Been on a plane lately?… Been asked to donate one of your kid’s kidneys to pay for an extra checked bag?… and now you have to pay moo-la for a carry-on bag on some planes. And who said bandits sailed the high seas?
When I travel, given how user-friendly airports and airlines are becoming with respect to luggage requirements I tend to be fairly specific with what I toss in my bag. Usually a Canon 5D Mk III, a wide zoom (EF16-35 f/2.8L II), usually a mid zoom (EF24-70 f/2.8L or EF24-105 f/4L), and a Speedlite 580EX II or 600EX-RT. Depending on where I am going I may also throw in an EF70-200 f/2.8L II. I will also toss in a Singh-Ray LB Color Combo filter for each lens element size – 77 & 82 (combo of color intensifier and polarizer).
For HDR images it also means taking an ‘L’ plate for the camera body (Really Right Stuff), a mid sized ball-head (Really Right Stuff BH-40), and a light-mid sized tripod (carbon fiber Gitzo GT-2541L). I also use the really cool PromoteControl for the HDR sequencing. I will also have a Canon S-100 point and shoot in my pocket (more often than not just in case I want to be in a shot – I would rather someone drop that than my D-SLR… don’t laugh.. it has happened. So while I travel ‘light’… light is as light does.
Travel Kit – Canon 5D Mk III
So all up, while it isn’t too bad, it is more than enough when you toss in the odd 17″ MacBookPro, iPad, Bose headphones, and various other work related stuff.
So when Canon recently released their new high end ‘point and shoot’, the PowerShot G1X I thought that this might be a reasonable compromise as a half decent, smallish travel camera. In keeping with the ‘keep it small & light’ mantra, I also changed out every other item in my travel kit for their smaller, lighter equivalent. The only thing that I couldn’t suitably replicate (yet) was the PromoteControl for HDR.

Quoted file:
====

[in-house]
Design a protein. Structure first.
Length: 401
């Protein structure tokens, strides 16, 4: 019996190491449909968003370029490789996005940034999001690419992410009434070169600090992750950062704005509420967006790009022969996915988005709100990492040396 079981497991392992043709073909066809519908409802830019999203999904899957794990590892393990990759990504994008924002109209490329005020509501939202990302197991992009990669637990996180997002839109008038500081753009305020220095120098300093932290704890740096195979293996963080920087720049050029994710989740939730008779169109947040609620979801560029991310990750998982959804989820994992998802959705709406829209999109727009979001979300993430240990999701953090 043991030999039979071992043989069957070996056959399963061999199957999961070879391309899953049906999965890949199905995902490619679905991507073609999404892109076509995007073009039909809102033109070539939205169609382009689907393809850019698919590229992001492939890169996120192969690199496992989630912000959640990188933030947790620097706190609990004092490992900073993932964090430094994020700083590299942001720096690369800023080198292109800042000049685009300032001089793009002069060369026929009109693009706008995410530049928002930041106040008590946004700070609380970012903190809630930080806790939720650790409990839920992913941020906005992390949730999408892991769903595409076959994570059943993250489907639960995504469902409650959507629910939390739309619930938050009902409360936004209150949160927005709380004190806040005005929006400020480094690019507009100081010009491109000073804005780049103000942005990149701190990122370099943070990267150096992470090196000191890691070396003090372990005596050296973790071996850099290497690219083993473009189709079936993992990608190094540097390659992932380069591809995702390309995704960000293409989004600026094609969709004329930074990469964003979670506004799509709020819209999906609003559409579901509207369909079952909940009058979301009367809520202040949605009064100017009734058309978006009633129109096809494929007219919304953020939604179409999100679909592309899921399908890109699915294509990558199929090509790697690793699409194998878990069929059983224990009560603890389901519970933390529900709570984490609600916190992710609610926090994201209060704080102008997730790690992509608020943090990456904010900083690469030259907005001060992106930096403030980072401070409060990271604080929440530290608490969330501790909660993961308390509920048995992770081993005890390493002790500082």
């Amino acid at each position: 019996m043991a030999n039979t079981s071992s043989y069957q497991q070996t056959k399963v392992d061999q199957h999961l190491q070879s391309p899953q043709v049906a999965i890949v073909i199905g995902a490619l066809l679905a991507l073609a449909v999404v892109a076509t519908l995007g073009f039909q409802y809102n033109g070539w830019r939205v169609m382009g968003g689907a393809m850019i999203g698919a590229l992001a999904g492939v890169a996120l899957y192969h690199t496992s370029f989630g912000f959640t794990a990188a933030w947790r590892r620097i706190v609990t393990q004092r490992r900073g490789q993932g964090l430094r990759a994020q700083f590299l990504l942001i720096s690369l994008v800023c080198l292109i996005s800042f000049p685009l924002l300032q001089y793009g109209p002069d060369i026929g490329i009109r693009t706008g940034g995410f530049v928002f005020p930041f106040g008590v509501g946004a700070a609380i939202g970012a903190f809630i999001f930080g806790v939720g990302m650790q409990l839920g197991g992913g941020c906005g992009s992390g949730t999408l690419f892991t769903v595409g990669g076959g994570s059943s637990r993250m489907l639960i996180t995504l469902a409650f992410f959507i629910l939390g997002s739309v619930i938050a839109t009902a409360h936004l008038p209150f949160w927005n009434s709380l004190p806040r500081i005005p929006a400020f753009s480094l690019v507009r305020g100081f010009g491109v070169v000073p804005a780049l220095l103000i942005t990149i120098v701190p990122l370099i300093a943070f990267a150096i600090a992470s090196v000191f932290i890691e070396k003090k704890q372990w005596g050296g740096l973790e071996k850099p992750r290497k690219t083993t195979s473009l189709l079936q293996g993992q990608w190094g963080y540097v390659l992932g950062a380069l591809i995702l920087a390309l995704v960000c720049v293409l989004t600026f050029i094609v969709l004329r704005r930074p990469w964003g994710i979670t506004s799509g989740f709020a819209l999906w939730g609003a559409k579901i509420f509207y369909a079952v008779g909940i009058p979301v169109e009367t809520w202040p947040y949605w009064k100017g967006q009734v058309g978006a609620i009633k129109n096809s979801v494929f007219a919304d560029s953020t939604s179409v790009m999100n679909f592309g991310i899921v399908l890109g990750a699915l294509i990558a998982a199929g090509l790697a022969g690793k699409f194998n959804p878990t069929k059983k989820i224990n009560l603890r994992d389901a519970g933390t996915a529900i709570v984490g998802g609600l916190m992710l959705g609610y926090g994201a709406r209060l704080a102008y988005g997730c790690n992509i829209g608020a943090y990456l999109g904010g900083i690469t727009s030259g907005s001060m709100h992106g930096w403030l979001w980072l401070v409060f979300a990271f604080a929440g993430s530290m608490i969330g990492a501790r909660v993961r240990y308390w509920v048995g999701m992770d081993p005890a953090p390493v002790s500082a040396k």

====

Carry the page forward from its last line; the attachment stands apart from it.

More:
Again in the spirit of compromise I found a small wireless remote control from Phottix that works great with the G1X body. It won’t do the HDR sequencing like the PromoteControl, so I simply change the shutter speed manually. Not much of a hassle if you understand how exposure works, but I don’t like the fact that you have to touch the camera, which invokes the possibility of moving it slightly – (1) as the kit is so lightweight, (2) I usually take 7 shots with my HDR images… so a lot of opportunities to move something. In reality though, I will likely come down to 5 shots for this rig to minimize my concerns… Yeah I know, 3 is probably enough… but I like 7.
Note: the second image of the camera body below is only to illustrate the ‘L’ plate… it is not a second body that you have to pack.
I have provided the details of the light-weight kit at the end of the blog, as well as my Likes & Dislikes.
Travel Kit – Canon G1X
So now to test it. I was heading to Beijing in China for work so I tossed it in. The objective was to take a combination of general street photography (single image), both with and with0ut flash; some HDR; and also to test out the video. Now while in no-way do I wish to replace my larger and more expensive toys (love th0se), I do however want a good solution for taking good quality images while traveling (without a pack horse).